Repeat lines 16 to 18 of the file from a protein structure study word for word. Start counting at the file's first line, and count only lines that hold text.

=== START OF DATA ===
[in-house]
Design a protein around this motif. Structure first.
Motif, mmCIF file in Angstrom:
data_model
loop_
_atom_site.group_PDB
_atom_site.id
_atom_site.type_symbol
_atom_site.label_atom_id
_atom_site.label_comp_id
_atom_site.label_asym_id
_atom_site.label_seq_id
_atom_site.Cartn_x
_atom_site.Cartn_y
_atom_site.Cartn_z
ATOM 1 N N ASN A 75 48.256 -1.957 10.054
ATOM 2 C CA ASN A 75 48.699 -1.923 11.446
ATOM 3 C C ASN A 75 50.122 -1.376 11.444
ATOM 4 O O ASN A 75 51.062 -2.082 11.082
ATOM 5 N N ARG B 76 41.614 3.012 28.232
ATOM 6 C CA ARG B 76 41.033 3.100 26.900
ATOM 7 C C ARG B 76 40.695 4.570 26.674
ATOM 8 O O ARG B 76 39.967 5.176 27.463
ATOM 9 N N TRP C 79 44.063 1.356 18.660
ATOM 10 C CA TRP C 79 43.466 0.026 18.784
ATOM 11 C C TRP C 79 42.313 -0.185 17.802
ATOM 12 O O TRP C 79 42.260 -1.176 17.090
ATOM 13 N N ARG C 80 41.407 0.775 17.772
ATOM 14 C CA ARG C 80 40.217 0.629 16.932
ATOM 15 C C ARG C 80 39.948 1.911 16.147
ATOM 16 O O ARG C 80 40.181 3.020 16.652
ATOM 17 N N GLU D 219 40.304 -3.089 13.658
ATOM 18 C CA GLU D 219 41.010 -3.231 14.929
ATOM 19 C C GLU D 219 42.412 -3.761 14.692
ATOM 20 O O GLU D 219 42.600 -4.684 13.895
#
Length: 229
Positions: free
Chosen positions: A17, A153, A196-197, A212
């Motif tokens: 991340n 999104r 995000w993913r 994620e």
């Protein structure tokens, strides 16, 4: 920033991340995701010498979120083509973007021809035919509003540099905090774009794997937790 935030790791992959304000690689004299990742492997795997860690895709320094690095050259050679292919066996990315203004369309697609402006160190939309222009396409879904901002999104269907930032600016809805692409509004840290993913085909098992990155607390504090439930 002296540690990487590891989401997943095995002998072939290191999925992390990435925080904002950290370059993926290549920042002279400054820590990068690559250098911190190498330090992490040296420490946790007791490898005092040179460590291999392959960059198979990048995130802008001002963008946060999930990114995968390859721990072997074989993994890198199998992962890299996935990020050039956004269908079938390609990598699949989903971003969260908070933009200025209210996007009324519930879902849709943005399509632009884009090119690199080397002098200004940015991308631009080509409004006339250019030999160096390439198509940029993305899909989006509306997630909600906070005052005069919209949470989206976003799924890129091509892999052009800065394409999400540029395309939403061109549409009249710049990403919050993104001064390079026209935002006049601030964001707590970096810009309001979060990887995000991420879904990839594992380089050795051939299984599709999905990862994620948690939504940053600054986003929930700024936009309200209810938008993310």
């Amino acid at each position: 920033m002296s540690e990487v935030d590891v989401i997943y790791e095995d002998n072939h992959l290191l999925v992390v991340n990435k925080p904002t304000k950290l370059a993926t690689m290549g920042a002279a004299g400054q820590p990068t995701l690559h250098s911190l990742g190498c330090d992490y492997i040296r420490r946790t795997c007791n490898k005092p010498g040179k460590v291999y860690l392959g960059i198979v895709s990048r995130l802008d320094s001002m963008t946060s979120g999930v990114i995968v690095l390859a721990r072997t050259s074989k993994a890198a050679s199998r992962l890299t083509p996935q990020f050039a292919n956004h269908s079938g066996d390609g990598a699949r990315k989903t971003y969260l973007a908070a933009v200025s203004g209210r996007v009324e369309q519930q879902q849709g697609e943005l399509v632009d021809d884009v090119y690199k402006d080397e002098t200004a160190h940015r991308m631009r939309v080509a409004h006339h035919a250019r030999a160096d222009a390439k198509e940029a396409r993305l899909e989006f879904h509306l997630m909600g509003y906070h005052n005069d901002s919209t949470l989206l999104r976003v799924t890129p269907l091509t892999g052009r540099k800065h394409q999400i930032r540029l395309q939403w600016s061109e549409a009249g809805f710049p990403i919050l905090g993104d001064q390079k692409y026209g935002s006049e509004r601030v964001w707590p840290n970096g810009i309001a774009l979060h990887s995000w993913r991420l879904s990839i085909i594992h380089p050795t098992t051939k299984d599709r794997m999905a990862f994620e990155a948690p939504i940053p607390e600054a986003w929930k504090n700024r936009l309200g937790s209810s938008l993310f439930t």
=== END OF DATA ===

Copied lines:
ATOM 1 N N ASN A 75 48.256 -1.957 10.054
ATOM 2 C CA ASN A 75 48.699 -1.923 11.446
ATOM 3 C C ASN A 75 50.122 -1.376 11.444